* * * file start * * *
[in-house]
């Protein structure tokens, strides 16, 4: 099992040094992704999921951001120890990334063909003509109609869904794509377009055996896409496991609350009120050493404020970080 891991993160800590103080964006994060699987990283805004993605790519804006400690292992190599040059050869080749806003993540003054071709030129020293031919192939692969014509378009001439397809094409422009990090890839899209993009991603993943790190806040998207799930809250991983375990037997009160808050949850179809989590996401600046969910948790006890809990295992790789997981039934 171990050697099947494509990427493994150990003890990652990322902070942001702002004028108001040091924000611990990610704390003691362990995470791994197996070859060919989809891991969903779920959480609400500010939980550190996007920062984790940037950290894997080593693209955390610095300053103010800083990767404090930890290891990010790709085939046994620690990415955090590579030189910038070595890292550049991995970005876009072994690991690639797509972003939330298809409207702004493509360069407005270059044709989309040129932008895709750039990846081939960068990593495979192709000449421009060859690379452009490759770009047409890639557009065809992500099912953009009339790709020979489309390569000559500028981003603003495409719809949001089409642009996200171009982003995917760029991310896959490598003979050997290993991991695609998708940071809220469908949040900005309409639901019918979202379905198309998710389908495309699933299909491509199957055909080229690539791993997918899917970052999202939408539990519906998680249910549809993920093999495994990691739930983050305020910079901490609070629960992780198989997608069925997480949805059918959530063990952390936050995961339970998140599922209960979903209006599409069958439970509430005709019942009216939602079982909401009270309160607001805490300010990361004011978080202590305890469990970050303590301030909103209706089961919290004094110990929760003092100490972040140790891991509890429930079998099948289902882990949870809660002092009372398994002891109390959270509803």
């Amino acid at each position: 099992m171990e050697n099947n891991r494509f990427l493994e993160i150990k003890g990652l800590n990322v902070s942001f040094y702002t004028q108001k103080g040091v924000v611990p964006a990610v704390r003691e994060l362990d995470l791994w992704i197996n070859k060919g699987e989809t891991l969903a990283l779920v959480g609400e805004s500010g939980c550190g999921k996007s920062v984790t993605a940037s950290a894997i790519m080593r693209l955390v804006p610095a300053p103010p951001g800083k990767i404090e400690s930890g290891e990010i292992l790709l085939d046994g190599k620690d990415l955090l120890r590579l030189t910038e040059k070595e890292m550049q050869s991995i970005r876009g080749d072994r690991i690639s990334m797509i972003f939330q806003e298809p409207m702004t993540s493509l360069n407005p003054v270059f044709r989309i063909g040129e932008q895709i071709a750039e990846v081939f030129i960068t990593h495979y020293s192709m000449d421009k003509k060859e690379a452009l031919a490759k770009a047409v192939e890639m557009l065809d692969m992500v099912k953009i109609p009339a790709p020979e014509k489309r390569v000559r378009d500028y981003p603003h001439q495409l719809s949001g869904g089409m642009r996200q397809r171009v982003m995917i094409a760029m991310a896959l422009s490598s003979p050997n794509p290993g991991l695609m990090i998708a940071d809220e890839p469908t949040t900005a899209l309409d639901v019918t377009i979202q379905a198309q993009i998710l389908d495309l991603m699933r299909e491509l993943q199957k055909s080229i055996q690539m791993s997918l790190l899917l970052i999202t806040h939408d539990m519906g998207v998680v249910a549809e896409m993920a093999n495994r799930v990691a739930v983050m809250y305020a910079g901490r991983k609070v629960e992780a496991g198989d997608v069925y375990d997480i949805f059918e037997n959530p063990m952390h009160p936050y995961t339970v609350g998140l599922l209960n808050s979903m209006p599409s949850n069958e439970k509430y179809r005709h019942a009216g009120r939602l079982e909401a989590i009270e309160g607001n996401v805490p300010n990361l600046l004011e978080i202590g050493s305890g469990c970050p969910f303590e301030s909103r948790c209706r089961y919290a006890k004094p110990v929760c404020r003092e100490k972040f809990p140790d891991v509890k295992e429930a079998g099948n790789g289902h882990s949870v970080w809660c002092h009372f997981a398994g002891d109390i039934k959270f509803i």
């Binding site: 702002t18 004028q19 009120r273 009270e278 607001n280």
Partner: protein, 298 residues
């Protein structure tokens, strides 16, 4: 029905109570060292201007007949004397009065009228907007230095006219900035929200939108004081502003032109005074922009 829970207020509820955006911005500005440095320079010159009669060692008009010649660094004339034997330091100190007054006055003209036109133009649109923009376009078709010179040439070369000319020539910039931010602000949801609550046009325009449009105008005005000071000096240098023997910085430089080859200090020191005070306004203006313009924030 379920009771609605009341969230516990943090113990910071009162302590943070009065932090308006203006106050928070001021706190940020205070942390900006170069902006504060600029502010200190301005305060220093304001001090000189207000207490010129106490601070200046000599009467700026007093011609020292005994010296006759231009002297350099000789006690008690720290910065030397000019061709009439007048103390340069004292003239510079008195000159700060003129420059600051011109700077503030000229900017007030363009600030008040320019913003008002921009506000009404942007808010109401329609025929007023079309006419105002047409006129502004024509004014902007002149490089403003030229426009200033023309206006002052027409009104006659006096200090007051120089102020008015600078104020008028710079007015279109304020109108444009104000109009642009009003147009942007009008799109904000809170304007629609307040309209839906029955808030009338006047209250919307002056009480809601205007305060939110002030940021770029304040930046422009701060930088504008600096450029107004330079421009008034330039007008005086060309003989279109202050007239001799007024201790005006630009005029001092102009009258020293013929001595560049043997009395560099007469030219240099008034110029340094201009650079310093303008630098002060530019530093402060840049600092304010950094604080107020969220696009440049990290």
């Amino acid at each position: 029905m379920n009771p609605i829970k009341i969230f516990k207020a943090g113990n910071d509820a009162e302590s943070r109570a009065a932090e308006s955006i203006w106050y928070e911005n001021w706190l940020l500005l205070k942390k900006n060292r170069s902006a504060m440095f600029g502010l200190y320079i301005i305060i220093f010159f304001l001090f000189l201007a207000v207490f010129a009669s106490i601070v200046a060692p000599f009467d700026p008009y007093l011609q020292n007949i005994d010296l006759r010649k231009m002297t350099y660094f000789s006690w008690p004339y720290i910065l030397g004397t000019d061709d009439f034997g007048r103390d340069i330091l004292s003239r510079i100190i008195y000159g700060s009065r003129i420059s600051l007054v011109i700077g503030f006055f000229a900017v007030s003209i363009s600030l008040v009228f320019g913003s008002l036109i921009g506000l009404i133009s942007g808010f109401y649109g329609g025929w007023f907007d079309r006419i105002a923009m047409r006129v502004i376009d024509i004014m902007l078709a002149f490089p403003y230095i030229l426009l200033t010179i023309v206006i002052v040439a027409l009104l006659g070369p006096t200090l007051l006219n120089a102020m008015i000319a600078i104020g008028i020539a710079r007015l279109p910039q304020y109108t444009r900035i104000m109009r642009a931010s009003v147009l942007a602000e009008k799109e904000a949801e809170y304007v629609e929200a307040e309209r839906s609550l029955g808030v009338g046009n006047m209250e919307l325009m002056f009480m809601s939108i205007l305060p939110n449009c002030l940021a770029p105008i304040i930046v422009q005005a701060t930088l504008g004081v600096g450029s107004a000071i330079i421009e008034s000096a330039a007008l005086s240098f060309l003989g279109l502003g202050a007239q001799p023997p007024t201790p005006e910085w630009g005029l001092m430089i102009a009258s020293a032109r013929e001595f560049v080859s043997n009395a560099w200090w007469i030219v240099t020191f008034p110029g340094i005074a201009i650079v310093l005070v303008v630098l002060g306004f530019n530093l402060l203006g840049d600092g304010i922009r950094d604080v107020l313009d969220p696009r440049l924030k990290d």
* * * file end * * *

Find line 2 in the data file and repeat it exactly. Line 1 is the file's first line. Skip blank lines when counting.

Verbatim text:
């Protein structure tokens, strides 16, 4: 099992040094992704999921951001120890990334063909003509109609869904794509377009055996896409496991609350009120050493404020970080 891991993160800590103080964006994060699987990283805004993605790519804006400690292992190599040059050869080749806003993540003054071709030129020293031919192939692969014509378009001439397809094409422009990090890839899209993009991603993943790190806040998207799930809250991983375990037997009160808050949850179809989590996401600046969910948790006890809990295992790789997981039934 171990050697099947494509990427493994150990003890990652990322902070942001702002004028108001040091924000611990990610704390003691362990995470791994197996070859060919989809891991969903779920959480609400500010939980550190996007920062984790940037950290894997080593693209955390610095300053103010800083990767404090930890290891990010790709085939046994620690990415955090590579030189910038070595890292550049991995970005876009072994690991690639797509972003939330298809409207702004493509360069407005270059044709989309040129932008895709750039990846081939960068990593495979192709000449421009060859690379452009490759770009047409890639557009065809992500099912953009009339790709020979489309390569000559500028981003603003495409719809949001089409642009996200171009982003995917760029991310896959490598003979050997290993991991695609998708940071809220469908949040900005309409639901019918979202379905198309998710389908495309699933299909491509199957055909080229690539791993997918899917970052999202939408539990519906998680249910549809993920093999495994990691739930983050305020910079901490609070629960992780198989997608069925997480949805059918959530063990952390936050995961339970998140599922209960979903209006599409069958439970509430005709019942009216939602079982909401009270309160607001805490300010990361004011978080202590305890469990970050303590301030909103209706089961919290004094110990929760003092100490972040140790891991509890429930079998099948289902882990949870809660002092009372398994002891109390959270509803």